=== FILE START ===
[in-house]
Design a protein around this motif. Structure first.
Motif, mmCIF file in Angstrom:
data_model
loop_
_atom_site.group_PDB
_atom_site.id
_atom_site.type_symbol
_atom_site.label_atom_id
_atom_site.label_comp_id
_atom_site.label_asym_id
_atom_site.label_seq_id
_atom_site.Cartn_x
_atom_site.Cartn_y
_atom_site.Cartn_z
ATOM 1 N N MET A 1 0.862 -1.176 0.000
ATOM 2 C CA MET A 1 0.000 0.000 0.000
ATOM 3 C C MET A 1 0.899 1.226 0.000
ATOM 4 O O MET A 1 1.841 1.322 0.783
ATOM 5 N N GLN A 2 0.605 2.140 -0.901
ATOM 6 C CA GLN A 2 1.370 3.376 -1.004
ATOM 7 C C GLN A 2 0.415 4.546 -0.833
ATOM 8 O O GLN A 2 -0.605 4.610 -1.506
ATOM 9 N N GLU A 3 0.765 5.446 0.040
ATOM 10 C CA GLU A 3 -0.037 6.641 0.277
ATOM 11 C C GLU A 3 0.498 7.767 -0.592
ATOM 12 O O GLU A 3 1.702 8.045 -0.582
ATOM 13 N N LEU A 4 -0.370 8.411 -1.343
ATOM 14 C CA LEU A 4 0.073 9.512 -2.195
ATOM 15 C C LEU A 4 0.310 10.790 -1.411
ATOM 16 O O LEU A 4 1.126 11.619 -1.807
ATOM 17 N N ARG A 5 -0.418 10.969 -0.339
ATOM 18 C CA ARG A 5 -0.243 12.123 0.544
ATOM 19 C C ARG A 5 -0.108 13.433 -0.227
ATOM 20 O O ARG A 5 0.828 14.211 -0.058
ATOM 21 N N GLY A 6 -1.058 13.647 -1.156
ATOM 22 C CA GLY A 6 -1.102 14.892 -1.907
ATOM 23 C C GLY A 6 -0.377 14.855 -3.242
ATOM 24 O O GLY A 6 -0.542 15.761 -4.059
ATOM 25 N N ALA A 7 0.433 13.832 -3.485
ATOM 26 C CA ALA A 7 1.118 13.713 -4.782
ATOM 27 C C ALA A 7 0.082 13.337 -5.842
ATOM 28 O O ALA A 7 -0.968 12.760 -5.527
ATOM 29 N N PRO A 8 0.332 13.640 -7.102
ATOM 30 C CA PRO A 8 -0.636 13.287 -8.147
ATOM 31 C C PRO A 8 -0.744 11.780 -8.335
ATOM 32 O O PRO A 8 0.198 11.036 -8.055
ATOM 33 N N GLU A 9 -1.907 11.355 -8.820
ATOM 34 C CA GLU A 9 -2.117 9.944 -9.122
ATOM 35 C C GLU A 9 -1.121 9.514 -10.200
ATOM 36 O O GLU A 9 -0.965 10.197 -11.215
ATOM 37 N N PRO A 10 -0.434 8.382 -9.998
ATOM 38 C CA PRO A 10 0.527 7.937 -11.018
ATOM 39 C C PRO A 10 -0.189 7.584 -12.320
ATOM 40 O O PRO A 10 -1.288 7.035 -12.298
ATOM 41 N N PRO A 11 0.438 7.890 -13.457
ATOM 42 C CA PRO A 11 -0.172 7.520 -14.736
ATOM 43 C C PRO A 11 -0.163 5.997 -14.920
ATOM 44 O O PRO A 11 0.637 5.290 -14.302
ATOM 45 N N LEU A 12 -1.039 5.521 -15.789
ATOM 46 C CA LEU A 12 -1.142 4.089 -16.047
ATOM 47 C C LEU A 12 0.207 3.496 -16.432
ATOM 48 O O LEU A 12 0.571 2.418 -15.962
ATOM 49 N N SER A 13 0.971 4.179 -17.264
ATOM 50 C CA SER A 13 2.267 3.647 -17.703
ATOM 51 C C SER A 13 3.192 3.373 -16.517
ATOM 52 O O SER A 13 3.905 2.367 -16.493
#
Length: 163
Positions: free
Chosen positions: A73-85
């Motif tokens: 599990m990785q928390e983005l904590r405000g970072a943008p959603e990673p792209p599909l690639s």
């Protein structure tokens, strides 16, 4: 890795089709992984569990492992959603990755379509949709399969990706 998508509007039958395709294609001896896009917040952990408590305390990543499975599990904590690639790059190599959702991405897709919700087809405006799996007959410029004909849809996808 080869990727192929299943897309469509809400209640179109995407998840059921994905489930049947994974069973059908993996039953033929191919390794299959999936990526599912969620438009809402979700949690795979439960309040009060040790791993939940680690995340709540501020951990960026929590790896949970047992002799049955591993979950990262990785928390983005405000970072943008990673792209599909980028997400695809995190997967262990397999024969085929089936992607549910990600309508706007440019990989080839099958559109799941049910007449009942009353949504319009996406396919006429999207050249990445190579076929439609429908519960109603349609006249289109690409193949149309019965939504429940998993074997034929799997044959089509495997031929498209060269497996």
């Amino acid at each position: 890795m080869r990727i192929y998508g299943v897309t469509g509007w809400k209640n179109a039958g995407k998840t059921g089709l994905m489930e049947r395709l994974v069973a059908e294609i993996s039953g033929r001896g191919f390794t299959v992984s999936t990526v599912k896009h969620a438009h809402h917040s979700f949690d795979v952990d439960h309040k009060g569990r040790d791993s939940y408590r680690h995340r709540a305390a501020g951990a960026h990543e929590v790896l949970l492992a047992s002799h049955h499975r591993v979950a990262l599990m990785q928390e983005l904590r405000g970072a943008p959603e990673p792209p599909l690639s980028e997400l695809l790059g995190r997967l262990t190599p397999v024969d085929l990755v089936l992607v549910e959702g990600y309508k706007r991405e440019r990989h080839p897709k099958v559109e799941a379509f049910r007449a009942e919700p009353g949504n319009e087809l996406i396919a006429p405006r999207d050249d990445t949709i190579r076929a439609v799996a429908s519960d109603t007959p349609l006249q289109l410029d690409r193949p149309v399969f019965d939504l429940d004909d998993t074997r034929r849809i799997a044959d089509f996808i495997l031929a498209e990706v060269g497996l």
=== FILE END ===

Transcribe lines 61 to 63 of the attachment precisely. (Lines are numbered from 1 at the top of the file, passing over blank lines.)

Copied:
ATOM 46 C CA LEU A 12 -1.142 4.089 -16.047
ATOM 47 C C LEU A 12 0.207 3.496 -16.432
ATOM 48 O O LEU A 12 0.571 2.418 -15.962